Tuesday, June 1, 2010


:to be read in the dialect of a dixie man:

Born January 27th in the year of 1984 in the small Georgian township of Dekalb. A true-to-nature, water-carryin' Aquarius. A man still recoverin' from the 'baseball bat to the face' incident of 1991. A dreamer, (sometimes, with my help) a doer, a grandparent enthusiast, and an all-american vagabond. Internets... come round and meet Joshua Lee Mikel.

As Resident Playwright for the Playwrights' Initiative in conjunction with the Endstation Theatre Company, Joshua is usually glued to my side parts for the lion's share of the summer. It can be a real pain in my neck, but typically, we are joyful in each other's company. Ever read On The Road? He wrote it. And he brags to high heaven about it in the little smirk on his face and sag in his step. Whilst mooching off the generosity of our founders, Mister Geoffrey Kershner and Missus Krista Franco, he typically creates some astoundin' work (for a back-woods Georgian boy) and we all is proud to have him on our staff.

F'example, in the summer last, he wrote the southern gothic stunner, My Brother's Knife: A Madison Heights Odyssey for the Blue Ridge Summer Theatre Festival. You may have seen it (or you maybe you didn't.) But it was a spectacle and true-to-form of the talent and capability squeezed into his strange, gangly, slender frame like a fat marmut in a prairie dog hole. He really has a stranglehold on what some Yankee elites like to call an 'aesthetic'. He knows the story he wants to be tellin', and he knows how to scribble it down like a regular Dorothy Allison. He somehow convinced Playscripts Publishers to pick up three of his plays and print 'em on the press (Quentin G; Good Good Trouble On Bad Bad Island; Monster Hunters). He's even been accepted into the New York International Fringe Festival with the second one. I'm producin' that one and the two of us are journeying into the eye of the devil himself (Manhattan) in the latter days of this comin' August . Don't go tellin' him I told you, but... well, he's a gem. A gem, you listenin'?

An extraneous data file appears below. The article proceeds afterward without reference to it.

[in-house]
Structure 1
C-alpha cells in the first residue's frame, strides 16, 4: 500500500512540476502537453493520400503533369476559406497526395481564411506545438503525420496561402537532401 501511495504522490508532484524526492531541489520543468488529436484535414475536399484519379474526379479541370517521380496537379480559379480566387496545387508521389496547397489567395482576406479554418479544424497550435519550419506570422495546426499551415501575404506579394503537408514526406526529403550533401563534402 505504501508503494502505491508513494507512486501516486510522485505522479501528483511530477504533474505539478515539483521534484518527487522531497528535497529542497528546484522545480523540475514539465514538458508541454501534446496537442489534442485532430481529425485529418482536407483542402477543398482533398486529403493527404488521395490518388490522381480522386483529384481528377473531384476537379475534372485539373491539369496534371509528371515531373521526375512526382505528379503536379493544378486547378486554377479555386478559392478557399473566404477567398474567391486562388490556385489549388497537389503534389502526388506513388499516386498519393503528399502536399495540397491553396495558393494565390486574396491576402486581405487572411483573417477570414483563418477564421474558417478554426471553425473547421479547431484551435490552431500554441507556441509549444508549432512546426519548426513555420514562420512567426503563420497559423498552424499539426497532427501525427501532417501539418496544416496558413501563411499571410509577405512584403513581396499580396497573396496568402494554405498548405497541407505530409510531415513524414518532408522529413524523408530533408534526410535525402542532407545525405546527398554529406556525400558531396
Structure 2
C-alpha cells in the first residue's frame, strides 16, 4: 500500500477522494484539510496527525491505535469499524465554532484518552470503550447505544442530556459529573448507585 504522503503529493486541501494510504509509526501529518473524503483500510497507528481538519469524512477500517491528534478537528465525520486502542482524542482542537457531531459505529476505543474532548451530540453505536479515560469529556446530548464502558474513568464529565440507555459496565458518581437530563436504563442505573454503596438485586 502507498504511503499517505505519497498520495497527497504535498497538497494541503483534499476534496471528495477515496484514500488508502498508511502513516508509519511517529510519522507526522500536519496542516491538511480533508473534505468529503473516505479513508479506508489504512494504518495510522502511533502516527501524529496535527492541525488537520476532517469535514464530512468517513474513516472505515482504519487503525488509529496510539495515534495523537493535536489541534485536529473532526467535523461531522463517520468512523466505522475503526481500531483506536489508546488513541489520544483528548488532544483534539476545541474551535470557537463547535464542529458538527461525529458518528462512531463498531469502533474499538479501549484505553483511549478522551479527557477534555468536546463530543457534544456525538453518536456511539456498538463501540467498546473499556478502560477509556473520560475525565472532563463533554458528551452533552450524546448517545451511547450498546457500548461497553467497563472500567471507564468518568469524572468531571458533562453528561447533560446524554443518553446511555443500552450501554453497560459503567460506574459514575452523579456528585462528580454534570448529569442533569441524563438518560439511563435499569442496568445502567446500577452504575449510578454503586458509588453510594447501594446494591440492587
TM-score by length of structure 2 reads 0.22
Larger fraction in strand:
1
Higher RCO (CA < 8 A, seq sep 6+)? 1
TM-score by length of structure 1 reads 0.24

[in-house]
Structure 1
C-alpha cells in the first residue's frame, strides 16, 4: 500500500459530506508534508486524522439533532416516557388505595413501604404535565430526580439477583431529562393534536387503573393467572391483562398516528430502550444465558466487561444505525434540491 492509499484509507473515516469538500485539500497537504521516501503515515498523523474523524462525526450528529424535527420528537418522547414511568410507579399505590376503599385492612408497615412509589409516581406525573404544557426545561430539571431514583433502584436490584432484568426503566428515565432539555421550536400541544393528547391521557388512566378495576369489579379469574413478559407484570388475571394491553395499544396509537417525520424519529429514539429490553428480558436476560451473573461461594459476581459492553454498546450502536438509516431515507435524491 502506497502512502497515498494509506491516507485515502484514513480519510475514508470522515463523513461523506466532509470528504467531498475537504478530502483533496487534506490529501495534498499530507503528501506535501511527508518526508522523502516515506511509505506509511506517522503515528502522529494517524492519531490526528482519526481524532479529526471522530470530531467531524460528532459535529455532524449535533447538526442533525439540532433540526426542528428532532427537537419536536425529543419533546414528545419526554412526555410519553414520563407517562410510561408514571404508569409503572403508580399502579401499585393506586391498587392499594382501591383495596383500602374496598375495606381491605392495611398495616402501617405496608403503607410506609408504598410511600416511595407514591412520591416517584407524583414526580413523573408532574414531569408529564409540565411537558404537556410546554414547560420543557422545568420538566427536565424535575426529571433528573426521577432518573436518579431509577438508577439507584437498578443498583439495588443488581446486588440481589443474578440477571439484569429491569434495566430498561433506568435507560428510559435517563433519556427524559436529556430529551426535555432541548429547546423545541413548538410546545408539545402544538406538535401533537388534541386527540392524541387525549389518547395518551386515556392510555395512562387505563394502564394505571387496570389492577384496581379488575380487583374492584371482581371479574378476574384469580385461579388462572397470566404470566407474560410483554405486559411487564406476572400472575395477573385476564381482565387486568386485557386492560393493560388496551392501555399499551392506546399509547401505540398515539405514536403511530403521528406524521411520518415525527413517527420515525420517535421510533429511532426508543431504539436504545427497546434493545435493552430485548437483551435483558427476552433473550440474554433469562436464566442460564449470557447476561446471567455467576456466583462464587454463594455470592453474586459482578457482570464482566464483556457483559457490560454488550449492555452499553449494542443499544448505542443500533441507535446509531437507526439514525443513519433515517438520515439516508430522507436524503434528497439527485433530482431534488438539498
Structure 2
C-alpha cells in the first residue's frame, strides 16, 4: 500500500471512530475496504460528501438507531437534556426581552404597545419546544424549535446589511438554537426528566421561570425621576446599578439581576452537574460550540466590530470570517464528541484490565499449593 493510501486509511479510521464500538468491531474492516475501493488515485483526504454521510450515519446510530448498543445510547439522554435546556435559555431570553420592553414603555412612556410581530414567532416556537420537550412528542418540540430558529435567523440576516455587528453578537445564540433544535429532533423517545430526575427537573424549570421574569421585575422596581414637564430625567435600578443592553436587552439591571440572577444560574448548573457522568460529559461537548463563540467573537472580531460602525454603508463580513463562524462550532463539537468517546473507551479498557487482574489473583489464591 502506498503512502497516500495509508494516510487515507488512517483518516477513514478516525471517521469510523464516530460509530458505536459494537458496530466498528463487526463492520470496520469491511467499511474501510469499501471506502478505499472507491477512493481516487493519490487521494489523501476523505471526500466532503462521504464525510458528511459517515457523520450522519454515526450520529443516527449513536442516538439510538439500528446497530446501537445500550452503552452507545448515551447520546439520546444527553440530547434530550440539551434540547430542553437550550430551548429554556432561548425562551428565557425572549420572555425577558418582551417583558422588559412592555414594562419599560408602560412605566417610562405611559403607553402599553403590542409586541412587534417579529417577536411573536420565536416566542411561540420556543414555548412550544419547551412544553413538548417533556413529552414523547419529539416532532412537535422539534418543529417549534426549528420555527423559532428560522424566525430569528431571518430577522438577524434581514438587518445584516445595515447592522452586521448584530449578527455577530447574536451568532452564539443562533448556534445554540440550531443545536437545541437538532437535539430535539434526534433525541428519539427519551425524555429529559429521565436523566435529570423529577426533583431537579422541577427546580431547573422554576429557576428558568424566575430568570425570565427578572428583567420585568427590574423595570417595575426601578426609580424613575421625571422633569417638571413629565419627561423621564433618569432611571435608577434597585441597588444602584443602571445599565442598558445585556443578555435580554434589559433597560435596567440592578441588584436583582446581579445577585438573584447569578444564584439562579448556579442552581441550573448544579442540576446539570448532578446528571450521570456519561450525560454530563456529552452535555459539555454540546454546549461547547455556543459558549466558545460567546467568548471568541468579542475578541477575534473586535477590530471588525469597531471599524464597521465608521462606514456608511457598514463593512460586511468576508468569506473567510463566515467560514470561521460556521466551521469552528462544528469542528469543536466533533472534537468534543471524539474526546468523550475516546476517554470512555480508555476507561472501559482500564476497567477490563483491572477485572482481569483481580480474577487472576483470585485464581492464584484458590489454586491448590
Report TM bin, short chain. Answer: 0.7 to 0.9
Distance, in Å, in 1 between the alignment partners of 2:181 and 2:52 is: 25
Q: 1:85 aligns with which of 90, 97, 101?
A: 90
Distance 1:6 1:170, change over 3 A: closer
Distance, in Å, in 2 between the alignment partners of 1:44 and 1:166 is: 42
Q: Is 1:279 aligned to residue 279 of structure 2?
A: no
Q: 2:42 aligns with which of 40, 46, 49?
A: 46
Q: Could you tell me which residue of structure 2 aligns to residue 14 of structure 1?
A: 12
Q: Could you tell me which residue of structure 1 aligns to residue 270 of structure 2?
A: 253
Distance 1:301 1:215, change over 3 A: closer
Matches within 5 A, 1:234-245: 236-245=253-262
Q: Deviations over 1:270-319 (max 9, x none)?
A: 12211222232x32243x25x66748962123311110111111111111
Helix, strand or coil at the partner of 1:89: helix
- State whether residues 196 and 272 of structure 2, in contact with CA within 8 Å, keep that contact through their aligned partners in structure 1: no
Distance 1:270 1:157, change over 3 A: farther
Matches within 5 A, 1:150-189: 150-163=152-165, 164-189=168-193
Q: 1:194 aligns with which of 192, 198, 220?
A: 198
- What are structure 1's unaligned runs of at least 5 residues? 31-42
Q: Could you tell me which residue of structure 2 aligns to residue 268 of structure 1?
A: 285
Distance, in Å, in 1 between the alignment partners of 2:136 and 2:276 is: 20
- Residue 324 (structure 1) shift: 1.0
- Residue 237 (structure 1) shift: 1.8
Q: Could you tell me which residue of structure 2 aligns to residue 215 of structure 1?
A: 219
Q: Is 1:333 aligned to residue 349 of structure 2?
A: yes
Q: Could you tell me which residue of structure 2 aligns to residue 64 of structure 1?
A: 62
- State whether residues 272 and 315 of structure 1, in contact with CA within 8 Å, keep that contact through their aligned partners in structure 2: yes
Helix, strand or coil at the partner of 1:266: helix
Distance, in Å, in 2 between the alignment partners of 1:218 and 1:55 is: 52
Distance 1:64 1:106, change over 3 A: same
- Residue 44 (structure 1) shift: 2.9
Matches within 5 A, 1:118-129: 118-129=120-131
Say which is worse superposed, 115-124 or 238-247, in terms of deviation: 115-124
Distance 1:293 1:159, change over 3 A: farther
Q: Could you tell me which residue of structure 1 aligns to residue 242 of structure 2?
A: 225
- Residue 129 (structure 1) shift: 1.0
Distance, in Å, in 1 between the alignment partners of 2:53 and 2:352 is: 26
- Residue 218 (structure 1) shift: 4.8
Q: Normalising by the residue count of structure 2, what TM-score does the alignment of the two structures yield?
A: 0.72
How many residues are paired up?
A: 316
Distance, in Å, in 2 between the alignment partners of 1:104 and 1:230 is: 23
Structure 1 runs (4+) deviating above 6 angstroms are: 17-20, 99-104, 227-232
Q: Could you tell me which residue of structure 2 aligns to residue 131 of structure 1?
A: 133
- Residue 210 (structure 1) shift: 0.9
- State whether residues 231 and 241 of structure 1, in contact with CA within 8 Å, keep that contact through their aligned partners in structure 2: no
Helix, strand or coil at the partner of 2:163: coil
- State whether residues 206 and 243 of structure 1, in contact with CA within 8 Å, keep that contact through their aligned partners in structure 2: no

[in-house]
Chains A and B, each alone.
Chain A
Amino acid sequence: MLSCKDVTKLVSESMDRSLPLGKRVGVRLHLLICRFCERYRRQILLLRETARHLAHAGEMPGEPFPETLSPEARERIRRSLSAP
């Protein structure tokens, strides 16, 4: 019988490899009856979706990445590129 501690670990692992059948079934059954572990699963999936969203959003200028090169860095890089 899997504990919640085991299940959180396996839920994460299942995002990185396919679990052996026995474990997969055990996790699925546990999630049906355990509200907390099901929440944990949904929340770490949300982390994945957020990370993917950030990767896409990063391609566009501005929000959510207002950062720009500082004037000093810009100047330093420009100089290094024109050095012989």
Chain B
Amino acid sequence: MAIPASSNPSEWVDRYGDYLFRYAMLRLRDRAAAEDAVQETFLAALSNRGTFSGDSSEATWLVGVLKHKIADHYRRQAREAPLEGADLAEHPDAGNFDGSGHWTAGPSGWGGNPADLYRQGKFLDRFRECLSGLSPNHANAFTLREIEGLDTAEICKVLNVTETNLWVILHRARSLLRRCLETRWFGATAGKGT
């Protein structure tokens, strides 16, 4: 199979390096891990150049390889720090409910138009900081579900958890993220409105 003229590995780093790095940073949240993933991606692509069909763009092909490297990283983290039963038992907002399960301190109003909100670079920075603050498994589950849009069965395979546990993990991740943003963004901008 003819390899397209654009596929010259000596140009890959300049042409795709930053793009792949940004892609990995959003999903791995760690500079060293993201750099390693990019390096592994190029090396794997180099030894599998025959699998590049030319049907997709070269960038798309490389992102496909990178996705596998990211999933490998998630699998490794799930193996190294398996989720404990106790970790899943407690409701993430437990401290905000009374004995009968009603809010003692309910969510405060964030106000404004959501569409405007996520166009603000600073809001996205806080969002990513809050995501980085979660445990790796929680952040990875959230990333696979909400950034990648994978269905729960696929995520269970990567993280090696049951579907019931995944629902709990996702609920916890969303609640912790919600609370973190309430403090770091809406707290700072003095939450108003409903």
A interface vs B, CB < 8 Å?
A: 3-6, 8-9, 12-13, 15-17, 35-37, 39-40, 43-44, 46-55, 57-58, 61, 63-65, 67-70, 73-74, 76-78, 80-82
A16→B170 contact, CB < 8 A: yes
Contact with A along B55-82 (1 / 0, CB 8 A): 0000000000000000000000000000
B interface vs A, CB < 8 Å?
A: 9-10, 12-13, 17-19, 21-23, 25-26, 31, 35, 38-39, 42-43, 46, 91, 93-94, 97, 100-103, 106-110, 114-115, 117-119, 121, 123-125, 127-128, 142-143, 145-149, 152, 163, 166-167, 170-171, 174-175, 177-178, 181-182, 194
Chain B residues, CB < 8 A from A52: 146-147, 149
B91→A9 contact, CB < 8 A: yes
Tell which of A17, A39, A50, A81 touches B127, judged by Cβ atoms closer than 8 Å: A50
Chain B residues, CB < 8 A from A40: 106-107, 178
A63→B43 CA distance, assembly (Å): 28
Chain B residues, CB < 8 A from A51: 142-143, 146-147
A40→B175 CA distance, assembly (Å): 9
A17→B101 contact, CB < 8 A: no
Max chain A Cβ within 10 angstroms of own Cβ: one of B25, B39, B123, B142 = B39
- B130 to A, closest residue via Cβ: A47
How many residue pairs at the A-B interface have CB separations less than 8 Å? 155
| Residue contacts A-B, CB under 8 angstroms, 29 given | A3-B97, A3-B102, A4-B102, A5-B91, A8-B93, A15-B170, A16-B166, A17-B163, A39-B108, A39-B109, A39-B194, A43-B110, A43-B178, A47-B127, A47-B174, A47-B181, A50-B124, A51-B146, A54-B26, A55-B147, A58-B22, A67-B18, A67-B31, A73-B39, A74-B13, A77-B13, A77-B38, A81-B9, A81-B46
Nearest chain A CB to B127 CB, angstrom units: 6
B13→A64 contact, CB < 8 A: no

On top of all them trophies, he acts the socks off of people who should know better than to wear socks around him and he's a graphic/fine artist, to boot. He has so much goin' on in his little world, it makes a small boy like myself want to cry because I'll never be President of the Confederacy but he'll probably be the next Ralph Nader. If I were more progressive, I'd take him as my spouse, but since I'm a Dixie man through and through, I settle for the glue that keeps our side parts cemented to the other.

And, as every man who's drunk a bottle of small-batch, kentucky bourbon alongside him has said, 'Glory to God, that boy is fine and may the Lord above, keep him mine.'


Michael Stablein, Jr.
Head of Playwrights' Initiative

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